Absolute return (AR) strategies appear to be gaining acceptance and momentum among financial advisers, according to the Brinker Capital’s Q4 Brinker Barometer survey.
Almost half (48 per cent) of advisers said they already use AR strategies in their client portfolios, nine per cent said they do not but plan to do so this year, and 46 per cent of those who indicated use of AR noted they will increase their allocation in 2013.
Sixty-five per cent of respondents said they view AR as a complement to relative return strategies, versus 23 per cent who position it as part of a core/satellite strategy, and 12 per cent who use it as a fixed income substitute.
Asked how they access AR strategies for their clients, 57 per cent of advisers said “through separately managed accounts,” and 35 per cent said “through mutual funds.” Only two per cent of respondents access hedge funds directly on their clients’ behalf.
In addition to upping their absolute return allocations in 2013, 54 per cent of advisers plan to increase their clients’ equity exposure, and 48 per cent said they will add to their emerging markets allocations. To underscore their bullish attitudes towards equities, fully 85 per cent of advisers polled believe equities will raise more assets than fixed income in 2013, yet 51 per cent of respondents plan to keep their clients’ fixed income exposure in line with 2012 allocations.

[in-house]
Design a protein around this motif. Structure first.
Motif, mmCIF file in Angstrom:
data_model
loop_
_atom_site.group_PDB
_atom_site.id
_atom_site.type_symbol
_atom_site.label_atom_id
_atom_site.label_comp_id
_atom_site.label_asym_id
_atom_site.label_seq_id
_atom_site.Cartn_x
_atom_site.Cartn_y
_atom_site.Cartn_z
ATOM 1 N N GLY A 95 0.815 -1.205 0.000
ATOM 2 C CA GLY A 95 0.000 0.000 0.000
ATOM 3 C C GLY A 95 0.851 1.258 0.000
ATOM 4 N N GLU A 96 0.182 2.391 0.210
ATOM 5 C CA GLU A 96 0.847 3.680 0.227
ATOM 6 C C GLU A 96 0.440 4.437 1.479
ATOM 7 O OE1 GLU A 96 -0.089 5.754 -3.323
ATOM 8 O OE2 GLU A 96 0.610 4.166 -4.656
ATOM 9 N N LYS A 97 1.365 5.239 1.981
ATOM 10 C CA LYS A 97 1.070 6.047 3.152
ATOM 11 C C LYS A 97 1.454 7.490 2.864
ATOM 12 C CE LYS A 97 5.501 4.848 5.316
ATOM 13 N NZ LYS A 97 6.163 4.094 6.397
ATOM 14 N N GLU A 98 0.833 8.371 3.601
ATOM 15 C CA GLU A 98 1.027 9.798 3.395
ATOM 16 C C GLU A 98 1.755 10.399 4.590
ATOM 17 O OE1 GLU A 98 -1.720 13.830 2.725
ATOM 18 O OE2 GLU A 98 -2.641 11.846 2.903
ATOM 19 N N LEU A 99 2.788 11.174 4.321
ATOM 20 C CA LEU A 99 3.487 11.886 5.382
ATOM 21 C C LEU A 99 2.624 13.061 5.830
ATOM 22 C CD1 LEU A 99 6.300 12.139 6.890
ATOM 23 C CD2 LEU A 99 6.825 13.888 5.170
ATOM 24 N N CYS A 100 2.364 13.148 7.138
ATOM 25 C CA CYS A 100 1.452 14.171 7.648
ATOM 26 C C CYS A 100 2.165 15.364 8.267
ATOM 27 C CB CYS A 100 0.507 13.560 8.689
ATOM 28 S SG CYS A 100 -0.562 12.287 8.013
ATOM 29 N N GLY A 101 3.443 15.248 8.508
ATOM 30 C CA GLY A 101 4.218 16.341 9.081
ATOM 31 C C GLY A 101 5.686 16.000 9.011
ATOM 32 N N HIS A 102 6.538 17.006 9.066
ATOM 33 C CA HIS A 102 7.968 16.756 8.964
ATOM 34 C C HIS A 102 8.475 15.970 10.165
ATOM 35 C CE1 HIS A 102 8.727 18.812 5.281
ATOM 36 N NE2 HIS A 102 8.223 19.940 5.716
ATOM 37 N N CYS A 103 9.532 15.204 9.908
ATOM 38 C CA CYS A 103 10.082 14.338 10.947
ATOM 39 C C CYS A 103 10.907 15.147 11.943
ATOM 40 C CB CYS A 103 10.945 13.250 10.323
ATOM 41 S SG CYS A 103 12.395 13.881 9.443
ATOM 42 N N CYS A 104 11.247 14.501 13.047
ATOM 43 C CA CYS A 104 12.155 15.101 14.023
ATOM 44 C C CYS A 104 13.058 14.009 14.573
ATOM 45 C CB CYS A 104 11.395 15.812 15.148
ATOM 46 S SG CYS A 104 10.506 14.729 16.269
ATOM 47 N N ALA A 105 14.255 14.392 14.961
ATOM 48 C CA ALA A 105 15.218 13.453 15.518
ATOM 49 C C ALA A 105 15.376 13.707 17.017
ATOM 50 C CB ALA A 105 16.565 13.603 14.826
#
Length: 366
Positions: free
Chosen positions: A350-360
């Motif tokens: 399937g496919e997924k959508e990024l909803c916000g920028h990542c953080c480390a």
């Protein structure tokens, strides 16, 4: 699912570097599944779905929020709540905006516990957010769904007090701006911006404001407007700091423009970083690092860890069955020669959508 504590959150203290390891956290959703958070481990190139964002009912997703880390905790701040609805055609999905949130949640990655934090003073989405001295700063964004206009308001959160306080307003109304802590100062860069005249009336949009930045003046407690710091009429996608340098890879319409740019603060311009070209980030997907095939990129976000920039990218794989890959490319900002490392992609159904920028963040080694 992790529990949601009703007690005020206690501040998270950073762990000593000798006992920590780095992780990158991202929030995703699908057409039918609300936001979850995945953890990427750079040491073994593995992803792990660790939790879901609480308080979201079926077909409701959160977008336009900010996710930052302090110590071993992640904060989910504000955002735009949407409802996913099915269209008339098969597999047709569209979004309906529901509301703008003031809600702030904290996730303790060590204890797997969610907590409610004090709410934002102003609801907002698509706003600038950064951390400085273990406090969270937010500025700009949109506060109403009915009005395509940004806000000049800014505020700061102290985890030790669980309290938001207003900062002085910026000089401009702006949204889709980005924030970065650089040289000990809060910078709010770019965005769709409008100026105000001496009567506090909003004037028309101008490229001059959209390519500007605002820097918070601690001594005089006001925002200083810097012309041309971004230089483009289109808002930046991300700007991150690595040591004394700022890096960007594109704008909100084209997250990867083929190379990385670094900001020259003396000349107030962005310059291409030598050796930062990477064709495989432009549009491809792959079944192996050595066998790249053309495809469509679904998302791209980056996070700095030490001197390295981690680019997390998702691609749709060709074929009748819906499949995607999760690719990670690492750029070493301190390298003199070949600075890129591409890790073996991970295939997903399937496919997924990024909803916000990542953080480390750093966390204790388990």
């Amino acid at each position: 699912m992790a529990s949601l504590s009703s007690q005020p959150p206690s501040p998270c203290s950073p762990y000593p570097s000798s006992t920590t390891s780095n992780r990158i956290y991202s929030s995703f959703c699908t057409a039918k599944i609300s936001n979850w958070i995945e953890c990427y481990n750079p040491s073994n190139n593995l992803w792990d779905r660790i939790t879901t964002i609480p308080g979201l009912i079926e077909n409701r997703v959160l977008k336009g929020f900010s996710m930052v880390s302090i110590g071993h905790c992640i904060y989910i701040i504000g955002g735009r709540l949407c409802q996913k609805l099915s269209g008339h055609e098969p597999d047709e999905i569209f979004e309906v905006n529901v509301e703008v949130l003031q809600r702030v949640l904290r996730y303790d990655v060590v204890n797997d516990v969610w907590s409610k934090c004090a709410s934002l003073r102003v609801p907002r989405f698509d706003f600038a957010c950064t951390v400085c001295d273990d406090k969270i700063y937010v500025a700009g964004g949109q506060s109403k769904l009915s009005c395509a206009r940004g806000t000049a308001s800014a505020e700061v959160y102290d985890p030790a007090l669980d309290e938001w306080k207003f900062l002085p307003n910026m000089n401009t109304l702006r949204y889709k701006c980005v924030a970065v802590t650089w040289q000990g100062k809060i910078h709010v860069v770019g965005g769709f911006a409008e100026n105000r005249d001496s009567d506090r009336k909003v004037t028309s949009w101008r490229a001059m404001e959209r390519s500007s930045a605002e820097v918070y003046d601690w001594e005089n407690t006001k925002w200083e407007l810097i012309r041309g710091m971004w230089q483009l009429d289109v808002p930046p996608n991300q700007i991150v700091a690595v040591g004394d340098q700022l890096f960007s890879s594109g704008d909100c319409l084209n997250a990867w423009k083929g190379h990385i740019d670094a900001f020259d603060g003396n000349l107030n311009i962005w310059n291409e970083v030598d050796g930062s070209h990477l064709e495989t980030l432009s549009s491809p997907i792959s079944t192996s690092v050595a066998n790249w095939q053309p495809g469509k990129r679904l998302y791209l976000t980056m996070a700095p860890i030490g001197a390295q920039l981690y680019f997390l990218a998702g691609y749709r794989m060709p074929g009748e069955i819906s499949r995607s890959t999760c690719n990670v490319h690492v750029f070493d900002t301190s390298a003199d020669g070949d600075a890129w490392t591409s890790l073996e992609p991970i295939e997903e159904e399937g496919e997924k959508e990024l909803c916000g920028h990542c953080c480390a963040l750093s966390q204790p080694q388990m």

Private equity and international investments were two areas in which advisers said they will decrease portfolio allocations by 65 per cent and 57 per cent, respectively.
When asked about their confidence that in 2013 clients would be better able to stay on the path to retirement, the majority of advisers (54 per cent) said they were “highly confident” or “confident”. Forty two per cent answered “somewhat confident,” and just four per cent indicated they were “not at all confident.” When it comes to measuring how their clients are progressing towards financially viable retirement, 79 per cent of advisers said they use investor-stated objectives rather than comparison to a traditional investment benchmark like the S&P 500.
Turning briefly to the political landscape, 60 per cent of respondents said that if they had to give President Obama one piece of advice related to the debt crisis, it would be to save money by “making cuts in entitlements.” Asked what advice they would give Congress, 65 per cent of advisers said “put aside partisan differences and make decisions based on the good of the nation.”
The use of social media appears to be on the rise among advisers, with 73 per cent saying they have read financial or investing blogs in the past six months, 69 per cent indicated increased usage of smart phones or tablets for work purposes, and 59 per cent created or updated their LinkedIn profile.
“What a difference a year makes,” says Brinker Capital vice chairman John Coyne. “Throughout most of 2012, financial advisers were pessimistic about almost every topic we asked, from market performance and clients’ retirement readiness to the economy and the outcome of the presidential election. Just 12 months later it appears as though advisers have breathed a collective sigh of relief that the election is over, the country has sidestepped the fiscal cliff and financial markets appeared to be performing in line with or ahead of advisers’ January 2013 expectations.”